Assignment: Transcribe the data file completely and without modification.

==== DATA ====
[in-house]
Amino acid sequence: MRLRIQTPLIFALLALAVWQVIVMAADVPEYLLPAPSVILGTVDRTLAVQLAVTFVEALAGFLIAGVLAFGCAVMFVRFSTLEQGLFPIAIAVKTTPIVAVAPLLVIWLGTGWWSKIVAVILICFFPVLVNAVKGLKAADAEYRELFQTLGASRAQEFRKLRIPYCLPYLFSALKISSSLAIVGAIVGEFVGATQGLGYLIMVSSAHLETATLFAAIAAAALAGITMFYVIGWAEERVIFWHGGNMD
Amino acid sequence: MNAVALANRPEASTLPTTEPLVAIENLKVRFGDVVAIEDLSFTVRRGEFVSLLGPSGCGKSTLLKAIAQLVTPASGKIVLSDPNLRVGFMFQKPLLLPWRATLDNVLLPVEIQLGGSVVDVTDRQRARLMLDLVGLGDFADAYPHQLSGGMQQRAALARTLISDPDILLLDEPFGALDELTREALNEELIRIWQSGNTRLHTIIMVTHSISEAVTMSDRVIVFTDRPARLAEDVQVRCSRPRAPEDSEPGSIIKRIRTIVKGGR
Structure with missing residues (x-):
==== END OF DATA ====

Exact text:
[in-house]
Amino acid sequence: MRLRIQTPLIFALLALAVWQVIVMAADVPEYLLPAPSVILGTVDRTLAVQLAVTFVEALAGFLIAGVLAFGCAVMFVRFSTLEQGLFPIAIAVKTTPIVAVAPLLVIWLGTGWWSKIVAVILICFFPVLVNAVKGLKAADAEYRELFQTLGASRAQEFRKLRIPYCLPYLFSALKISSSLAIVGAIVGEFVGATQGLGYLIMVSSAHLETATLFAAIAAAALAGITMFYVIGWAEERVIFWHGGNMD
Amino acid sequence: MNAVALANRPEASTLPTTEPLVAIENLKVRFGDVVAIEDLSFTVRRGEFVSLLGPSGCGKSTLLKAIAQLVTPASGKIVLSDPNLRVGFMFQKPLLLPWRATLDNVLLPVEIQLGGSVVDVTDRQRARLMLDLVGLGDFADAYPHQLSGGMQQRAALARTLISDPDILLLDEPFGALDELTREALNEELIRIWQSGNTRLHTIIMVTHSISEAVTMSDRVIVFTDRPARLAEDVQVRCSRPRAPEDSEPGSIIKRIRTIVKGGR
Structure with missing residues (x-):